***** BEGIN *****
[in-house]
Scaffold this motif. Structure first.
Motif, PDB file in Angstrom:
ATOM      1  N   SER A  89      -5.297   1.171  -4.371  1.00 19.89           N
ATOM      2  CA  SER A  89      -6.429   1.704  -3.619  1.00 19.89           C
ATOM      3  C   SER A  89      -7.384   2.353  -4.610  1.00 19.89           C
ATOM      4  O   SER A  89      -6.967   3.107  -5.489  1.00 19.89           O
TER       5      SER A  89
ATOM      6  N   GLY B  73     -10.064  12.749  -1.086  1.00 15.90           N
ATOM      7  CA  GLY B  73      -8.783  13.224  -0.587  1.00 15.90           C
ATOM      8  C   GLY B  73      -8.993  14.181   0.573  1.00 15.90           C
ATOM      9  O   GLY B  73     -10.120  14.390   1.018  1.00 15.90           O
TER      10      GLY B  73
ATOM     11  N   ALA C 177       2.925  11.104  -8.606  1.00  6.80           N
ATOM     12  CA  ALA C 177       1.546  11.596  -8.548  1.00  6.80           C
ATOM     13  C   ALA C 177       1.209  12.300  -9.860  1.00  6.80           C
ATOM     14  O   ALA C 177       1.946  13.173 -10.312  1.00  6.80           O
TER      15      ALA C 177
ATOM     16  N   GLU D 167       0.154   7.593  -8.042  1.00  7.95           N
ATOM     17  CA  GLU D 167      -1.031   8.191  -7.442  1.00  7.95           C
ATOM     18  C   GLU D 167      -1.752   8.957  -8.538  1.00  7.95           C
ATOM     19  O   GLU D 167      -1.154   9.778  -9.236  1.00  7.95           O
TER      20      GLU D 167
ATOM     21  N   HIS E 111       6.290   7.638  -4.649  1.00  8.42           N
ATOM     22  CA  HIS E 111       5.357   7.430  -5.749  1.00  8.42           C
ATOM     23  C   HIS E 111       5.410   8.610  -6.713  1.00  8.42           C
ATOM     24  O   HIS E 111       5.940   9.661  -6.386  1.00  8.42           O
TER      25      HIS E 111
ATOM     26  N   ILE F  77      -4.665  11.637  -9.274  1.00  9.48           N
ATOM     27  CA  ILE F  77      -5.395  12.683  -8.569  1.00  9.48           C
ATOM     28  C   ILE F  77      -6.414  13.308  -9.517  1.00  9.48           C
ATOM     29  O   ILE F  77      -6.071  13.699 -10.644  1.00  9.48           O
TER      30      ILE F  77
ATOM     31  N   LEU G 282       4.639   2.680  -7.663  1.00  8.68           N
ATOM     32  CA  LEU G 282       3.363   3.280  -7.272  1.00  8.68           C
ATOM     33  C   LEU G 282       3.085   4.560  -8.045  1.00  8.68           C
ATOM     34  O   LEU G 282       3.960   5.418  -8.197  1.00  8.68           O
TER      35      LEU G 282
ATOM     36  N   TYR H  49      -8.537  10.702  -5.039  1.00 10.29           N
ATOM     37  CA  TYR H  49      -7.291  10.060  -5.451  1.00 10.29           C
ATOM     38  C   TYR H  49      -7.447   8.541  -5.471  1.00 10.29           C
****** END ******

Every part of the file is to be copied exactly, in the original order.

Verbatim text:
[in-house]
Scaffold this motif. Structure first.
Motif, PDB file in Angstrom:
ATOM      1  N   SER A  89      -5.297   1.171  -4.371  1.00 19.89           N
ATOM      2  CA  SER A  89      -6.429   1.704  -3.619  1.00 19.89           C
ATOM      3  C   SER A  89      -7.384   2.353  -4.610  1.00 19.89           C
ATOM      4  O   SER A  89      -6.967   3.107  -5.489  1.00 19.89           O
TER       5      SER A  89
ATOM      6  N   GLY B  73     -10.064  12.749  -1.086  1.00 15.90           N
ATOM      7  CA  GLY B  73      -8.783  13.224  -0.587  1.00 15.90           C
ATOM      8  C   GLY B  73      -8.993  14.181   0.573  1.00 15.90           C
ATOM      9  O   GLY B  73     -10.120  14.390   1.018  1.00 15.90           O
TER      10      GLY B  73
ATOM     11  N   ALA C 177       2.925  11.104  -8.606  1.00  6.80           N
ATOM     12  CA  ALA C 177       1.546  11.596  -8.548  1.00  6.80           C
ATOM     13  C   ALA C 177       1.209  12.300  -9.860  1.00  6.80           C
ATOM     14  O   ALA C 177       1.946  13.173 -10.312  1.00  6.80           O
TER      15      ALA C 177
ATOM     16  N   GLU D 167       0.154   7.593  -8.042  1.00  7.95           N
ATOM     17  CA  GLU D 167      -1.031   8.191  -7.442  1.00  7.95           C
ATOM     18  C   GLU D 167      -1.752   8.957  -8.538  1.00  7.95           C
ATOM     19  O   GLU D 167      -1.154   9.778  -9.236  1.00  7.95           O
TER      20      GLU D 167
ATOM     21  N   HIS E 111       6.290   7.638  -4.649  1.00  8.42           N
ATOM     22  CA  HIS E 111       5.357   7.430  -5.749  1.00  8.42           C
ATOM     23  C   HIS E 111       5.410   8.610  -6.713  1.00  8.42           C
ATOM     24  O   HIS E 111       5.940   9.661  -6.386  1.00  8.42           O
TER      25      HIS E 111
ATOM     26  N   ILE F  77      -4.665  11.637  -9.274  1.00  9.48           N
ATOM     27  CA  ILE F  77      -5.395  12.683  -8.569  1.00  9.48           C
ATOM     28  C   ILE F  77      -6.414  13.308  -9.517  1.00  9.48           C
ATOM     29  O   ILE F  77      -6.071  13.699 -10.644  1.00  9.48           O
TER      30      ILE F  77
ATOM     31  N   LEU G 282       4.639   2.680  -7.663  1.00  8.68           N
ATOM     32  CA  LEU G 282       3.363   3.280  -7.272  1.00  8.68           C
ATOM     33  C   LEU G 282       3.085   4.560  -8.045  1.00  8.68           C
ATOM     34  O   LEU G 282       3.960   5.418  -8.197  1.00  8.68           O
TER      35      LEU G 282
ATOM     36  N   TYR H  49      -8.537  10.702  -5.039  1.00 10.29           N
ATOM     37  CA  TYR H  49      -7.291  10.060  -5.451  1.00 10.29           C
ATOM     38  C   TYR H  49      -7.447   8.541  -5.471  1.00 10.29           C